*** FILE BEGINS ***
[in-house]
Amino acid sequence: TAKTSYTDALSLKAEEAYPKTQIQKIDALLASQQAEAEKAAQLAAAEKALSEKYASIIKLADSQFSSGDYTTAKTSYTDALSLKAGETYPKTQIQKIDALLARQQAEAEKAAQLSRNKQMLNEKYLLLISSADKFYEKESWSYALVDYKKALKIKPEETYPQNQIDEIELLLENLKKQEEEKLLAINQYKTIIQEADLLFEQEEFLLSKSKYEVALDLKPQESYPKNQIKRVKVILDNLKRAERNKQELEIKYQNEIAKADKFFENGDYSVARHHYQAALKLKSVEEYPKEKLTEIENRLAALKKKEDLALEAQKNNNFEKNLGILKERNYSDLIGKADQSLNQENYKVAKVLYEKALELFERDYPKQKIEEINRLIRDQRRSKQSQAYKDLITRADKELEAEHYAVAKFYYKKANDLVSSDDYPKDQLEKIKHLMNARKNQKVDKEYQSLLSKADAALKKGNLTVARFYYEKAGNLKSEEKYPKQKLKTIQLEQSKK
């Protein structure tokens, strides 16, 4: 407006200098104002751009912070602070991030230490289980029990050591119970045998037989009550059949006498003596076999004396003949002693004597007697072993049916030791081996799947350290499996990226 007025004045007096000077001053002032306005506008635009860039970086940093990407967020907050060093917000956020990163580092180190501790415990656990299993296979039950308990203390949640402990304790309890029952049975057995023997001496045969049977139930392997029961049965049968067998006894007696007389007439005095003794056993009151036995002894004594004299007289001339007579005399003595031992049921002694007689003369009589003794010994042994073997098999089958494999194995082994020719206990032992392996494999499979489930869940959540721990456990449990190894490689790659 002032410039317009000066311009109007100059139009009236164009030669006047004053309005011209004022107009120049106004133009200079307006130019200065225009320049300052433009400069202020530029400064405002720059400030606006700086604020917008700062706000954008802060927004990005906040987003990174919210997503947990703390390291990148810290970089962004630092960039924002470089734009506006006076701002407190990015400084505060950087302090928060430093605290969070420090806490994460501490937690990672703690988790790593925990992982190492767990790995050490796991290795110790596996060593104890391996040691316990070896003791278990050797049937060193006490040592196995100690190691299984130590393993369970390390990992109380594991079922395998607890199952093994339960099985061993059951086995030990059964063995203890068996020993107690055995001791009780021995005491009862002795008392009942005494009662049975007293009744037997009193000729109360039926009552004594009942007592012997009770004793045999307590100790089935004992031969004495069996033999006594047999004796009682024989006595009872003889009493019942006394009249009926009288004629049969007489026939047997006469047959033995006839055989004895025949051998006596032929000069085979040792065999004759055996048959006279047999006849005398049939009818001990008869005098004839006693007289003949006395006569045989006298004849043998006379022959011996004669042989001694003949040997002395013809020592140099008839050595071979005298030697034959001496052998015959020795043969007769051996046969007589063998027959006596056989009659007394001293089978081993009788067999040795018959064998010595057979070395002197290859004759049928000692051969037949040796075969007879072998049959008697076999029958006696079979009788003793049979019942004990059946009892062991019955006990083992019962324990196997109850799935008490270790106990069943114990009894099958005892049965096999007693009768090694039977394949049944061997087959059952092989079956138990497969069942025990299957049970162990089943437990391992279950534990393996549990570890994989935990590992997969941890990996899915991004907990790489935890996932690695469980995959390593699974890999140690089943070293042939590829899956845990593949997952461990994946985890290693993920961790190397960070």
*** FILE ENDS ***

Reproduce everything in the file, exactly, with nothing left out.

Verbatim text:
[in-house]
Amino acid sequence: TAKTSYTDALSLKAEEAYPKTQIQKIDALLASQQAEAEKAAQLAAAEKALSEKYASIIKLADSQFSSGDYTTAKTSYTDALSLKAGETYPKTQIQKIDALLARQQAEAEKAAQLSRNKQMLNEKYLLLISSADKFYEKESWSYALVDYKKALKIKPEETYPQNQIDEIELLLENLKKQEEEKLLAINQYKTIIQEADLLFEQEEFLLSKSKYEVALDLKPQESYPKNQIKRVKVILDNLKRAERNKQELEIKYQNEIAKADKFFENGDYSVARHHYQAALKLKSVEEYPKEKLTEIENRLAALKKKEDLALEAQKNNNFEKNLGILKERNYSDLIGKADQSLNQENYKVAKVLYEKALELFERDYPKQKIEEINRLIRDQRRSKQSQAYKDLITRADKELEAEHYAVAKFYYKKANDLVSSDDYPKDQLEKIKHLMNARKNQKVDKEYQSLLSKADAALKKGNLTVARFYYEKAGNLKSEEKYPKQKLKTIQLEQSKK
């Protein structure tokens, strides 16, 4: 407006200098104002751009912070602070991030230490289980029990050591119970045998037989009550059949006498003596076999004396003949002693004597007697072993049916030791081996799947350290499996990226 007025004045007096000077001053002032306005506008635009860039970086940093990407967020907050060093917000956020990163580092180190501790415990656990299993296979039950308990203390949640402990304790309890029952049975057995023997001496045969049977139930392997029961049965049968067998006894007696007389007439005095003794056993009151036995002894004594004299007289001339007579005399003595031992049921002694007689003369009589003794010994042994073997098999089958494999194995082994020719206990032992392996494999499979489930869940959540721990456990449990190894490689790659 002032410039317009000066311009109007100059139009009236164009030669006047004053309005011209004022107009120049106004133009200079307006130019200065225009320049300052433009400069202020530029400064405002720059400030606006700086604020917008700062706000954008802060927004990005906040987003990174919210997503947990703390390291990148810290970089962004630092960039924002470089734009506006006076701002407190990015400084505060950087302090928060430093605290969070420090806490994460501490937690990672703690988790790593925990992982190492767990790995050490796991290795110790596996060593104890391996040691316990070896003791278990050797049937060193006490040592196995100690190691299984130590393993369970390390990992109380594991079922395998607890199952093994339960099985061993059951086995030990059964063995203890068996020993107690055995001791009780021995005491009862002795008392009942005494009662049975007293009744037997009193000729109360039926009552004594009942007592012997009770004793045999307590100790089935004992031969004495069996033999006594047999004796009682024989006595009872003889009493019942006394009249009926009288004629049969007489026939047997006469047959033995006839055989004895025949051998006596032929000069085979040792065999004759055996048959006279047999006849005398049939009818001990008869005098004839006693007289003949006395006569045989006298004849043998006379022959011996004669042989001694003949040997002395013809020592140099008839050595071979005298030697034959001496052998015959020795043969007769051996046969007589063998027959006596056989009659007394001293089978081993009788067999040795018959064998010595057979070395002197290859004759049928000692051969037949040796075969007879072998049959008697076999029958006696079979009788003793049979019942004990059946009892062991019955006990083992019962324990196997109850799935008490270790106990069943114990009894099958005892049965096999007693009768090694039977394949049944061997087959059952092989079956138990497969069942025990299957049970162990089943437990391992279950534990393996549990570890994989935990590992997969941890990996899915991004907990790489935890996932690695469980995959390593699974890999140690089943070293042939590829899956845990593949997952461990994946985890290693993920961790190397960070």